Spain’s Population Dwindling
November 27th, 2013
According to a recent report published by the National Statistics Institute on the short-term projections of the population from 2013-2023, Spain will lose 2.6 million of its population over the next 10 years (5.4% of the country’s population).
The report says that, as both the number of births and the number of new immigrants are declining, all regions will see their populations diminish, except for the Canary Islands, and the autonomous cities of Ceuta and Melilla, while the regions to experience the biggest losses in population will be Catalonia, Valencia and La Rioja.
The Spanish population dropped in 2012 for the first time in the Institute’s statistical records, and all indications point to this trend continuing in 2013, with their prediction being that this year Spain will lose 0.5% of its population, dropping from 46.8 million to 46.7 million people.
The National Statistics Institute’s study warns that, from 2017, the number of deaths will exceed the number of births for the first time, due to “declining birth rates and population ageing”. In fact, the number of births has continued to decline since 2009, and the Institute reckons that, between 2013 and 2023, 3.9 million children will be born, which is 17.1% fewer than in the past decade, due to there being fewer women of childbearing age, and that in 10 years, the annual number of births will have fallen to 339,805, 24.9% less than in 2012.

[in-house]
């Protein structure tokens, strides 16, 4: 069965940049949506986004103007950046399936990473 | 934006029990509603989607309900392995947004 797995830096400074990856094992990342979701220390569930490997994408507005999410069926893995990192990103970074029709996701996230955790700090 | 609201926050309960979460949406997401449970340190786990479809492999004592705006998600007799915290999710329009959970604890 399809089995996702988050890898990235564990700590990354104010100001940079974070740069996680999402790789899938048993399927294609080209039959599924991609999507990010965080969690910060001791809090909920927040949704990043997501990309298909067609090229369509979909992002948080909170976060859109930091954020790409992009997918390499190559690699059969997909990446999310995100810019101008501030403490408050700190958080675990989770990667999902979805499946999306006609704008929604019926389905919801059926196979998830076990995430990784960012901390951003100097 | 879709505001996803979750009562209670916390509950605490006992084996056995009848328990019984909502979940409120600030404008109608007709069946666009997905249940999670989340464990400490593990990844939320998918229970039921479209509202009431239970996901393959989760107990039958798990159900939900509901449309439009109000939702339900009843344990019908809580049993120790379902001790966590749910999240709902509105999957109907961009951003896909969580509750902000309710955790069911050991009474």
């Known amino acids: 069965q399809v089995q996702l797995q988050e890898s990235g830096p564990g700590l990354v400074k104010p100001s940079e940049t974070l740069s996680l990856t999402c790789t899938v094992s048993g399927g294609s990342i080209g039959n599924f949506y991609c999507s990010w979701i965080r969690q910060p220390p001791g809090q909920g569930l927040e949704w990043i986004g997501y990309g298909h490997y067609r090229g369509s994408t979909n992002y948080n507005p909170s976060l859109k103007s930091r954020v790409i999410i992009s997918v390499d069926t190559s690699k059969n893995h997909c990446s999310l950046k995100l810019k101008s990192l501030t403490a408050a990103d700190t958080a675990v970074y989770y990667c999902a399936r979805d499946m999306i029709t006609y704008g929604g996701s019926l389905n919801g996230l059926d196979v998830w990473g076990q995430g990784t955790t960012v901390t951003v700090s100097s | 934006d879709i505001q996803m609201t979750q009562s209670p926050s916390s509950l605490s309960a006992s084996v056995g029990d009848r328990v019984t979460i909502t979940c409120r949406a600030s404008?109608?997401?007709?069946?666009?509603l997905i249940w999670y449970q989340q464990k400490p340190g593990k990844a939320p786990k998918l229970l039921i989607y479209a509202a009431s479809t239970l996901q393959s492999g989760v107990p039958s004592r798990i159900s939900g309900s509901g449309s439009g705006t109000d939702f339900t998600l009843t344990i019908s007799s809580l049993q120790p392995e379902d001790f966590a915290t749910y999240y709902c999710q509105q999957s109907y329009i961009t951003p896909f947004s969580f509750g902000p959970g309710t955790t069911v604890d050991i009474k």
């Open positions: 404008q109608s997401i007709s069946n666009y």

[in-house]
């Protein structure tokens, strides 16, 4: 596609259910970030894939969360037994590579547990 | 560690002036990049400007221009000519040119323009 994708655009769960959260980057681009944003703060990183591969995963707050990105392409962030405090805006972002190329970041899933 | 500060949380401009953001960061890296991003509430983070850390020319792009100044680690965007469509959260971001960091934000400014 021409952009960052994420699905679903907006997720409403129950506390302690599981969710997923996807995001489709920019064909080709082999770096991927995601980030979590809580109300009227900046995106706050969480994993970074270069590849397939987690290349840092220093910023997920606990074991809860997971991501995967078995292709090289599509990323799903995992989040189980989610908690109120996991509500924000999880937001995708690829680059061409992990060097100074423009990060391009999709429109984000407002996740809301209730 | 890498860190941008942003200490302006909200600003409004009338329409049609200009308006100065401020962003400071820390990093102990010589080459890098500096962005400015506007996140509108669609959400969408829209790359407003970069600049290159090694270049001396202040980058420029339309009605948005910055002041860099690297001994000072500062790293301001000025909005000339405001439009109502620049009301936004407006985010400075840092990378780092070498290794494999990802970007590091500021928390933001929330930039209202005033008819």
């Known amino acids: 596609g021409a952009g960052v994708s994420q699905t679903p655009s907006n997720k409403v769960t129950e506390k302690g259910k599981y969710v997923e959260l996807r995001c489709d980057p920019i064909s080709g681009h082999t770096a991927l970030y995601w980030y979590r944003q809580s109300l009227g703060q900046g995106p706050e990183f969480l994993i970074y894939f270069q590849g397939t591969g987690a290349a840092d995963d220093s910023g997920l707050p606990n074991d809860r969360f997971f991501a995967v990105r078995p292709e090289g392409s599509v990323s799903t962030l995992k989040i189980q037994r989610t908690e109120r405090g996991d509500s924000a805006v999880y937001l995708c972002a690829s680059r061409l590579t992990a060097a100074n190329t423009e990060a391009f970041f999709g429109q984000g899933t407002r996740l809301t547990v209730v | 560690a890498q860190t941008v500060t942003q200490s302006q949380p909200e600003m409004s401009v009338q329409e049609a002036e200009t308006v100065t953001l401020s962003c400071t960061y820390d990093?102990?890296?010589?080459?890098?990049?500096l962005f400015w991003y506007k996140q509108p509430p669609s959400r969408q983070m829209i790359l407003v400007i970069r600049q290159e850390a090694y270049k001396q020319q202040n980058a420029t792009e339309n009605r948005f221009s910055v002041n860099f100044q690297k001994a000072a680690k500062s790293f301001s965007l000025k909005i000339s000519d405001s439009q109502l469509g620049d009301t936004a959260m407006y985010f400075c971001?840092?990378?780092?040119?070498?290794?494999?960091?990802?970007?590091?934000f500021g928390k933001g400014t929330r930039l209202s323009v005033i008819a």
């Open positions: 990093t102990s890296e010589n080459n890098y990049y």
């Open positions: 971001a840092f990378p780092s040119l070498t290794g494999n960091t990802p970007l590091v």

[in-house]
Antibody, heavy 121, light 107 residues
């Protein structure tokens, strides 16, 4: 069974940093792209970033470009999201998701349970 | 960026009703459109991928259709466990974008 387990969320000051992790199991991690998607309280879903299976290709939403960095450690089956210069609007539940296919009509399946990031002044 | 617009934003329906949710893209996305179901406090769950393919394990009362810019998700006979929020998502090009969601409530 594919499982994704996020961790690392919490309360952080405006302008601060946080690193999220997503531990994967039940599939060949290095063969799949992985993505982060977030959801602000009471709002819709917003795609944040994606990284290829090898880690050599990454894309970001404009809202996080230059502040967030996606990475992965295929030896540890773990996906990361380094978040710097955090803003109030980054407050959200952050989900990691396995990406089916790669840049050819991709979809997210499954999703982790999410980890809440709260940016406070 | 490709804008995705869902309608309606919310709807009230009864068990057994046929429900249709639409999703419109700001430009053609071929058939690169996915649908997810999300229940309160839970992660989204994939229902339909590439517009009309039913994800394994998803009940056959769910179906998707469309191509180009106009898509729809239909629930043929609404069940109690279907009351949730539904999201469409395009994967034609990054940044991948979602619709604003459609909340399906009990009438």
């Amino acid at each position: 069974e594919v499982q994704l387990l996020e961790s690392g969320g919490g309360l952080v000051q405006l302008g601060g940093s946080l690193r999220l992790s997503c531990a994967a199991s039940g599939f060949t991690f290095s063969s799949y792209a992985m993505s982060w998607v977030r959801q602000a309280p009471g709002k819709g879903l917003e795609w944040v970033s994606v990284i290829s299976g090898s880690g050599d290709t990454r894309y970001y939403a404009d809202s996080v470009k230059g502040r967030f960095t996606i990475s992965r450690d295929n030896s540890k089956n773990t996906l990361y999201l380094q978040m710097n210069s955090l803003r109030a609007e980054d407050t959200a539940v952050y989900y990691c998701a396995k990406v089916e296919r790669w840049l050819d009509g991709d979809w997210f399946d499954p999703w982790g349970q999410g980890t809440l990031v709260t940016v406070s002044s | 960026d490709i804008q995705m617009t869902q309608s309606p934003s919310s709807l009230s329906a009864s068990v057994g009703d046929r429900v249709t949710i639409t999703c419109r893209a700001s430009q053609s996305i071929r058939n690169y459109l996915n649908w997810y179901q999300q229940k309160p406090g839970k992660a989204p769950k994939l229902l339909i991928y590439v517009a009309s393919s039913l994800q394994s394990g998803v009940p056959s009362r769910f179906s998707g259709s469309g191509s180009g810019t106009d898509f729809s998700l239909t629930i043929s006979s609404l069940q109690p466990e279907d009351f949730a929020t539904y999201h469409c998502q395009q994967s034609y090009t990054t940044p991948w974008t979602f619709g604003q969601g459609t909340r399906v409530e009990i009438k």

In addition, net migration is negative for the fourth consecutive year, with two people leaving Spain for every person arriving to live in Spain. Specifically, a total of 591,515 people left Spain to live abroad this year, and 291,909 people arrived to stay in the country (7.1% less than in 2012), so that the difference resulted in a loss of 299,697 inhabitants.
The Institute’s statistical simulation for the next decade, based on current demographic trends and behaviours, shows more intense growth in the ageing population resident in Spain, “accelerated now by the declining birth rate and the negative migration balance”.
The population loss will be centred on those between 20 and 49 years of age, and in 2023 there will be 20% fewer children under the age of 10 than there are now. Meanwhile, all the age groups from 50 years and over will grow, so there will be 17% more elderly people than at present, and in 2023 the population will be reduced to 44.1 million people.